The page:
On August 22, 1609, Sir Richard Moryson appealed to Robert Cecil, Earl of Salisbury, to sentence Irish Pirates to Virginia as punishment for their crimes.
It was the early days of the Virginia colony (or plantation), and its existence was still precarious. After two years of hunger, bad relations with the natives, political infighting, and no discernible export, no one was sure the investment would succeed.
Parallel to the Virginia colony was another English expedition, but much closer to St. James’s Palace: the Irish Colony. After Henry VIII left the Roman Catholic Church and adopted Protestantism as the official faith of the realm, the staunch Catholics in Ireland – under English rule – became more and more isolated and persecuted. England sent colonizers to Ireland, to whom the crown gave land previously owned by native Catholic Irish. Cycles of vengeance created bad relations between English colonizers and the Irish, and many rebellions and wars were fought in the early part of the 17th Century.
One of the footnotes to that time period was the increase in Irish piracy that served to frustrate the English colony’s commerce and administration. One of the most famous pirates of the time was John Jennings – likely a Roman Catholic, but more definitely an opportunist – who elevated the concern of piracy enough for the administration to request an increase in martial and legislative support from England.
Lord Danvers complained to the Privy Council that “to the increase of his lewd company, Jennings is come into the river of Limerick after a great fight and the loss of three score  men, with a rich freight aboard himself besides…. [It] is likewise very doubtful whether the pirates are to be subdued or expulsed from hence by this large expense upon His Majesty’s ships, which are driven to revictual [resupply] or repair every three months in England, where contrary winds and the mariners’ affection to their own home likely retains them long.”
The Lords of the Council pleaded with Sir Arthur Chichester, Lord Deputy of Ireland (the King’s highest representative) to lobby the king to allow local courts to prosecute pirates for swifter justice. “[We] believe that the great recourse of pirates to the coasts of Ireland is owing to the want of such a statute as that of the 28th of Henry VIII in England, which enables their being tried by commission, and takes away the benefit of clergy. He is accordingly from time to time to send over all pirates whose conduct deserves death to Barnstaple, Bristol, or West Chester, there to be kept safe in custody by the chief officers till they receive directions from the Council or the Lord Admiral.”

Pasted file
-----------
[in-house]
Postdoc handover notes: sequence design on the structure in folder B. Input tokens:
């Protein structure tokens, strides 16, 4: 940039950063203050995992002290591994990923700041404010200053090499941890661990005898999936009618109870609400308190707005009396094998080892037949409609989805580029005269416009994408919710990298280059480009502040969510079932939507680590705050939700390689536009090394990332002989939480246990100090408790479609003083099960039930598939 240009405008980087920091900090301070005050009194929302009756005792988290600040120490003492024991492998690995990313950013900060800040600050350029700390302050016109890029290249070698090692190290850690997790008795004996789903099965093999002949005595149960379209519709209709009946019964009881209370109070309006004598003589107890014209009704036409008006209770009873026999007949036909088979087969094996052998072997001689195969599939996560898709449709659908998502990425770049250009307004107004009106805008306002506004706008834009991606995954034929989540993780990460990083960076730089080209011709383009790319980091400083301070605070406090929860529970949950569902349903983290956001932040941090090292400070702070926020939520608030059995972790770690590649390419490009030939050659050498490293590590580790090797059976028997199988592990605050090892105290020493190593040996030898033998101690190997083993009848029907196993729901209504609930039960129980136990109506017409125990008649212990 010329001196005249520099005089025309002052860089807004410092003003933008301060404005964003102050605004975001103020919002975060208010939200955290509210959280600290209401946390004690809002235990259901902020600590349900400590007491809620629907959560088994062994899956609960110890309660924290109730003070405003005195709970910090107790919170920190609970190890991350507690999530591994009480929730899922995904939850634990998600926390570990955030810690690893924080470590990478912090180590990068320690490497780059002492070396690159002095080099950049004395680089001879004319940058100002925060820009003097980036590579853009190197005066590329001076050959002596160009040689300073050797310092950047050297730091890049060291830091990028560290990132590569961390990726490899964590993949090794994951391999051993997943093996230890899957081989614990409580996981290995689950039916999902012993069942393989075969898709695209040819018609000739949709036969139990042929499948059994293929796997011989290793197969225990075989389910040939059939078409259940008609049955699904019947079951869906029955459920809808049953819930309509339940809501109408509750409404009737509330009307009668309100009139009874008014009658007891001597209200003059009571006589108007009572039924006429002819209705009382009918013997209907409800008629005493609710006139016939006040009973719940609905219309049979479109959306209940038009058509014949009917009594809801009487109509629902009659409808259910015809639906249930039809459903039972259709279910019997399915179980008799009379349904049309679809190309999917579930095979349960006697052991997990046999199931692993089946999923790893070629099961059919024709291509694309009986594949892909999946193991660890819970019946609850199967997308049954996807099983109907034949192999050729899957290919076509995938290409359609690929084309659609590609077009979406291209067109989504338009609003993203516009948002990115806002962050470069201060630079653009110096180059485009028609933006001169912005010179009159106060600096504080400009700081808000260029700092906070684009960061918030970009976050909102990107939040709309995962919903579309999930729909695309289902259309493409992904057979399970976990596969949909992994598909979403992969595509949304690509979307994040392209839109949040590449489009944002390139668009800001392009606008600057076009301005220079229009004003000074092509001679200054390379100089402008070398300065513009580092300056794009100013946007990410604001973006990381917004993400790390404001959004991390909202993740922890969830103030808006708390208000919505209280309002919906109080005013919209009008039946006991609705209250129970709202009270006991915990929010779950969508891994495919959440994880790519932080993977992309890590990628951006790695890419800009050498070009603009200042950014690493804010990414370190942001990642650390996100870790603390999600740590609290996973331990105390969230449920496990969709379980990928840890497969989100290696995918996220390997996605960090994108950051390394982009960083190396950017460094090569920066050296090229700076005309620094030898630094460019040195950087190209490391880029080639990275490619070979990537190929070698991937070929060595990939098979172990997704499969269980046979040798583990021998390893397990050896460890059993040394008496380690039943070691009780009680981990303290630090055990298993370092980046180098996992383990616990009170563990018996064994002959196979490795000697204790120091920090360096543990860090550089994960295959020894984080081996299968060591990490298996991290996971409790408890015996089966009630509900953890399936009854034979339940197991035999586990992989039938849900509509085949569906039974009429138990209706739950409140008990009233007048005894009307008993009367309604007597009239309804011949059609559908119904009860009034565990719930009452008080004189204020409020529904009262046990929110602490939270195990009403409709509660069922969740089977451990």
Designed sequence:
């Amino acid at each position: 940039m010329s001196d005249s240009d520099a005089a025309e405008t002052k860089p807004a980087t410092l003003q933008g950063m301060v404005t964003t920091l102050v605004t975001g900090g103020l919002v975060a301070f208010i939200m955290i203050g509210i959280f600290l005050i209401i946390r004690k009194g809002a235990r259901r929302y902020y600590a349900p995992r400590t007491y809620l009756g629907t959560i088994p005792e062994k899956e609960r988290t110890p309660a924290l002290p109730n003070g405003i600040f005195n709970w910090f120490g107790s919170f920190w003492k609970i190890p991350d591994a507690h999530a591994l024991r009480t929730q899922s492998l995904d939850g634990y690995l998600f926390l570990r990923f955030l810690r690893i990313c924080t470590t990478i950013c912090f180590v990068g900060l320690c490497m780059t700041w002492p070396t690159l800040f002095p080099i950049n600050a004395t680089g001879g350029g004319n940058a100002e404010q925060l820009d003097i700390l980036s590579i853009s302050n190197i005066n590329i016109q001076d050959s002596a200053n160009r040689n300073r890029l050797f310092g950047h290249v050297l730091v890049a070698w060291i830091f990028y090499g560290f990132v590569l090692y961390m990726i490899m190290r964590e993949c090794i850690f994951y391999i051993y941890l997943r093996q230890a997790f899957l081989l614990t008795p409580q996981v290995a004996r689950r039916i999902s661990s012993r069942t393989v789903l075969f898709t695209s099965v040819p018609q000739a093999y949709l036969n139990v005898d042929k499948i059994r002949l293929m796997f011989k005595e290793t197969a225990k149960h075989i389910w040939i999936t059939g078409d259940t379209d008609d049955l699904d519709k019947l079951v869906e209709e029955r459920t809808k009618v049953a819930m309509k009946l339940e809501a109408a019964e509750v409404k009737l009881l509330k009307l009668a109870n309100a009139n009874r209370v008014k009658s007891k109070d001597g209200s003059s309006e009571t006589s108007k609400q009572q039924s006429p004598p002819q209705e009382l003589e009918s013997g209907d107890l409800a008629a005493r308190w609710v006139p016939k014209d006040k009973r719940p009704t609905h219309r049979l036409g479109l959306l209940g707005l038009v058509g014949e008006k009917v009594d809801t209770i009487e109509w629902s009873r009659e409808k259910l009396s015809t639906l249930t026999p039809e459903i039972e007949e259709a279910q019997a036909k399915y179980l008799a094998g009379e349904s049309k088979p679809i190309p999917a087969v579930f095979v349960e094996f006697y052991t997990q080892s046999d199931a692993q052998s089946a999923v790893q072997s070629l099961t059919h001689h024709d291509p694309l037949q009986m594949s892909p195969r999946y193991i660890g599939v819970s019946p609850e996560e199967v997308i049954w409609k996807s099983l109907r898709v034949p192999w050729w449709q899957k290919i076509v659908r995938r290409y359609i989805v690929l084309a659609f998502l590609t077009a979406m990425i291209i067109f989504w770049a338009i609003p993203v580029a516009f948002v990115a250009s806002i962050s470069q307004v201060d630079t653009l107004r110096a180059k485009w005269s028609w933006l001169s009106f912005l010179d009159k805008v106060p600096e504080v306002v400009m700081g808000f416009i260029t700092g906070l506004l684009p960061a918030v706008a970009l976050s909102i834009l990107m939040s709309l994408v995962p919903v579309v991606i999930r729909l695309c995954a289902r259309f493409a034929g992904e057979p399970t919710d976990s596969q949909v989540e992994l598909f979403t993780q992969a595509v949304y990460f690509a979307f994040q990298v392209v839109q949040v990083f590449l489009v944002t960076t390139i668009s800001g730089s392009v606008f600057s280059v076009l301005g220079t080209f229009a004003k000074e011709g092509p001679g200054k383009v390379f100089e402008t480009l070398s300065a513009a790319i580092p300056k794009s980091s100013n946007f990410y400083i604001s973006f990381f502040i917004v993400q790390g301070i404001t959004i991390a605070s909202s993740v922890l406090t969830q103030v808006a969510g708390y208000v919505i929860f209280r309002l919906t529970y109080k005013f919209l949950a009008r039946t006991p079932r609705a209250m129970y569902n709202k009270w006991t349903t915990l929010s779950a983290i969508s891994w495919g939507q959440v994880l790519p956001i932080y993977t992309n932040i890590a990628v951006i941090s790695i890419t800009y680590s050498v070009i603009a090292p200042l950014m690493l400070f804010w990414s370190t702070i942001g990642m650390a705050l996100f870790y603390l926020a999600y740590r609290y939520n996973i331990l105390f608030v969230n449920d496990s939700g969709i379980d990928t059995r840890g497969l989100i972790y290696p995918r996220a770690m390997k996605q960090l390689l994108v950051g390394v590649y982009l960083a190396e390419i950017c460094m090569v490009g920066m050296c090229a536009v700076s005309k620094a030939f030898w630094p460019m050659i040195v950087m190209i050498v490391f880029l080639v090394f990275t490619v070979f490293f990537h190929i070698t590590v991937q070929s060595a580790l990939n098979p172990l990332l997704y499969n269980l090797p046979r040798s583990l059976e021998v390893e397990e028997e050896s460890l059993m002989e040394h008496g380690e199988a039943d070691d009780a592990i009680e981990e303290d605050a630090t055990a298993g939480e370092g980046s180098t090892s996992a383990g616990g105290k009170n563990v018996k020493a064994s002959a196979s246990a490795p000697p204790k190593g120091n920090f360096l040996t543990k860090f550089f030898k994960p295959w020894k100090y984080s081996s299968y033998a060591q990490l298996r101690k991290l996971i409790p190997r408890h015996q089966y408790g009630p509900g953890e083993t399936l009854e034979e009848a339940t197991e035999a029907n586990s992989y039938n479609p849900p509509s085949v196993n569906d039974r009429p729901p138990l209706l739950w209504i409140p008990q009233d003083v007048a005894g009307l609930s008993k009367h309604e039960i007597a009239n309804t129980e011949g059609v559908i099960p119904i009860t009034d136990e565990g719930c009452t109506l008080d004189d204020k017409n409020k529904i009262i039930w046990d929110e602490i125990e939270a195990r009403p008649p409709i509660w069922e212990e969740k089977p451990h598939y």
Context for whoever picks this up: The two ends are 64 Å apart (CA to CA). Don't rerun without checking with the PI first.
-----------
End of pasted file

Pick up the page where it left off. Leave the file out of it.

The Irish Colony was repeatedly frustrated by red tape and bureaucracy. After the eventual and celebrated capture of Jennings in 1609, the Vice President of Munster, Richard Moryson, sought to avoid the hassles of admiralty courts, and came up with a win-win solution: Send all the pirates to Virginia!
He wrote to the Earl of Salisbury, Robert Cecil, who was very influential in the King’s Court, that Ireland was practically impotent against the pirates. Despite proclamations warning citizens not to engage in commerce with pirates on the black market, their numbers continued to grow. “They are now here,” wrote Moryson, “being 11 sails and 1,000 men, that [Chichester] is enforced to forbear any prosecution of them, fearing to engage this unruly multitude into any act either of spoiling or burning the country.”
Moryson believed it would profit the kingdom and all her colonies to emigrate these pirates instead across the Atlantic.
“Should his Lordship please to allow of their employment in the intended plantation of Virginia, which he has not yet motioned to them, he thinks good use might be made of them for the present there, both in defending them now in the beginning, if they shall be disturbed by any in their first settling, in relieving their wants from time to time, and in easing the charge of the journey coming so good cheap. Besides, being active men and good mariners, hereafter when time shall wear out their former offences, with better desert [that which is deserved] in other countries not troubled so near at hand with their spoiling, they may return and prove necessary instruments of His Majesty’s service. But if they be thus permitted to continue in number and offending, they may prove dangerous, as has been many times seen from less beginnings. They expect 10 sail more to join with them, hearing of a fleet setting forth to suppress them. Begs to be informed what course his Lordship shall be pleased to command him to take with them if they stay here or return ; which there is no doubt but they will shortly, this being their only place of relief, being so plentifully supplied for all sea provisions by the fishermen that come daily out of England with merchandise.”
Basically, Ireland gets rid of pirates by sending them to Virginia; Virginia gains a pseudo-Navy that can both protect against and harass the Spanish ships; England gets the spoils of privateering; and the pirates get a chance to work off their offences against the crown.
Not a bad idea, but apparently it never happened.
One thing to note in closing, however, is that the Irish administration did not think much of the Virginia plantation. It was not a desirable venture; and it would indeed have been a punishment in their eyes to banish the pirates to the desolate wilderness of Virginia in 1609.
The Lord Deputy of Ireland, Arthur Chichester, pleaded with King James while apologizing for administrative inefficiencies and sloth in meeting goals, “If my poor endeavors may give any help and furtherance to so glorious and worthy a design, besides my obedience to your Majesty, my heart is so well affected unto it, that I had rather labour with my hands in the plantation of Ulster, than dance or play in that of Virginia.”